Derivatives lobbying group ISDA has fought back on behalf of its industry to claims made in the New York Times that derivatives were to blame for providing MF Global its hefty long exposure to European sovereign debt.
The International Swaps and Derivatives Association (ISDA) issued a strong response to a news article which claimed MF Global was able to gain its vast long exposure to European sovereign debt was through over-the-counter (OTC) derivatives, assserting the information is wrong in substance and fact.
The New York Times (NYT) claimed MF Global, which the holding company filed for bankruptcy protection on October 31, collapsed under the weight of the derivative positions it has placed on European sovereign debt.
The NYT said on November 5 that MF Global’s failing “was a result of complex swaps deals it had struck with trading partners. While those partners owned the underlying assets — in this case, government debt — MF Global held the risk relating to both market price and default.”
ISDA said today (October 8) MF Global did not use derivatives to make its bets on European sovereign debt, rather it was repurchase loan agreements (repos)..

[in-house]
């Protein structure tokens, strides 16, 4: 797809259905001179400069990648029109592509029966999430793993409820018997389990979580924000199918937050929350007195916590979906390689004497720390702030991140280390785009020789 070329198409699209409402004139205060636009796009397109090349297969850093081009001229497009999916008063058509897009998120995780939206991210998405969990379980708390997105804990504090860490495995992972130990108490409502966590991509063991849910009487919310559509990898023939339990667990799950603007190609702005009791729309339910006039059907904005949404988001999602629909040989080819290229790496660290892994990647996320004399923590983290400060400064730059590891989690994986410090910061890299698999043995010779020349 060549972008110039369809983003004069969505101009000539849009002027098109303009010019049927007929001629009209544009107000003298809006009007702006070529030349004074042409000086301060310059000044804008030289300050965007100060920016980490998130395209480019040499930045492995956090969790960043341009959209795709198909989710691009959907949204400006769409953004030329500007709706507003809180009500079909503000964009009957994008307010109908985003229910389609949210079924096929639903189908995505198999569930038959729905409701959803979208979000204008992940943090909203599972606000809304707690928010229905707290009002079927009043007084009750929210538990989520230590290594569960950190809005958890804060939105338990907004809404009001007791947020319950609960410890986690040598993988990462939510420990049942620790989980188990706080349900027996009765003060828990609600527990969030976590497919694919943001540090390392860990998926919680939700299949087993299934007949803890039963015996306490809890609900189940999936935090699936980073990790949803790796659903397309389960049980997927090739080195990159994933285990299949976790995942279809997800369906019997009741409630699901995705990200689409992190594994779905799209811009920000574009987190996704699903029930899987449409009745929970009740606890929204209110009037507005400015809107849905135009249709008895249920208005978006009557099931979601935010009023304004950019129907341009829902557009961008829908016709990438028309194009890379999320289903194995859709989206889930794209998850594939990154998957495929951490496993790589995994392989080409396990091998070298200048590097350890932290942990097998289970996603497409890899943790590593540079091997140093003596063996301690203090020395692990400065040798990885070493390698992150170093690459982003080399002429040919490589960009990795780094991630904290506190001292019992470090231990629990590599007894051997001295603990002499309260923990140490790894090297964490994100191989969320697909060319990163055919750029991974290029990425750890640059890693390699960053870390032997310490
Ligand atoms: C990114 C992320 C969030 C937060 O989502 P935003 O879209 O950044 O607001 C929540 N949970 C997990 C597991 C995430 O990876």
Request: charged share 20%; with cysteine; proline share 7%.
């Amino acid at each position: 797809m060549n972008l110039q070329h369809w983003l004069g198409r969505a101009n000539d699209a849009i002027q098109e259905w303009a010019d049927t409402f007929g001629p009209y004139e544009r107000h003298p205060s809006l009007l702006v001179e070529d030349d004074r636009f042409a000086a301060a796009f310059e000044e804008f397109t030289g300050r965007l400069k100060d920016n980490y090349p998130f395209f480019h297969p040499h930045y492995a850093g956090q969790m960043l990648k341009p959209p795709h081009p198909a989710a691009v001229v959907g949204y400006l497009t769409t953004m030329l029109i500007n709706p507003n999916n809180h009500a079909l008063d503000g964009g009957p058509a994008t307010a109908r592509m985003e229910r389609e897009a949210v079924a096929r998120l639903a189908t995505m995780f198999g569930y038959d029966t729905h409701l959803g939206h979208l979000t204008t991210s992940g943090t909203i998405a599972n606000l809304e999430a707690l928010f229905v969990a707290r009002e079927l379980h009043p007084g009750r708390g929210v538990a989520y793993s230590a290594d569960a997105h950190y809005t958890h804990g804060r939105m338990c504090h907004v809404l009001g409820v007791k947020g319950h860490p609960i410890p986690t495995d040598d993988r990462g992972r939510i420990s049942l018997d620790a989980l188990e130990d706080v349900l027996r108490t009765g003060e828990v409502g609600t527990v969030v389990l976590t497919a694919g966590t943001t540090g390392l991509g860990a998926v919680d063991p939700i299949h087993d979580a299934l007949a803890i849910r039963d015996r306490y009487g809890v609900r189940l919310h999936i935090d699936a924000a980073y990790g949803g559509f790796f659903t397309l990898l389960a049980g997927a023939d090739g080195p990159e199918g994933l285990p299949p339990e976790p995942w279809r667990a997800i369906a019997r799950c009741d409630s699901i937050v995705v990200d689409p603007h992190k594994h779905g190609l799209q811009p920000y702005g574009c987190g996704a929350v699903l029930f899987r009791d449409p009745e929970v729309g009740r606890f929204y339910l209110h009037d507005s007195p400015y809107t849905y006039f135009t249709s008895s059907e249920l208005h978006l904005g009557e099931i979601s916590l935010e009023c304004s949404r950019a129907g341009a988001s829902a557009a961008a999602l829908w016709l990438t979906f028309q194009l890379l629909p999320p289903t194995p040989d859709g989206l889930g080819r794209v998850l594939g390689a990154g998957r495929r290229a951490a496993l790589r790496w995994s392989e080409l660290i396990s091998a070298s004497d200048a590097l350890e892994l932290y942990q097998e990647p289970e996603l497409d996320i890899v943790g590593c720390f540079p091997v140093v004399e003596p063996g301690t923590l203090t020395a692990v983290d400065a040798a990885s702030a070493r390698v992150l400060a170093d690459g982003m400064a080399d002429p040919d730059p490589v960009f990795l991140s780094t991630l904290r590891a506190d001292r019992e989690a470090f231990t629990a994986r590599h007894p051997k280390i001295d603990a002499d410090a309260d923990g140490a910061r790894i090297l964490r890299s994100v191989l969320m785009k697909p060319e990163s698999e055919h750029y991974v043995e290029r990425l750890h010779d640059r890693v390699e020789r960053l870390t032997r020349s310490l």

ISDA’s position does appear very plausible. MF Global stated in its third-quarter earnings release on October 25:
“As of September 30, 2011, MF Global maintained a net long position of US$6.3 billion in a short-duration European sovereign portfolio financed to maturity (repo-to-maturity), including Belgium, Italy, Spain, Portugal, and Ireland.”
In a withering conclusion, ISDA said, “We would have also thought that reporters (and consultants who are used as expert sources on financial matters) would know that because MF Global was an SEC registered Broker-Dealer and CFTC registered Futures Commission Merchant, regulators at all times had full transparency into the nature and extent of MF Global’s trading and risk positions.”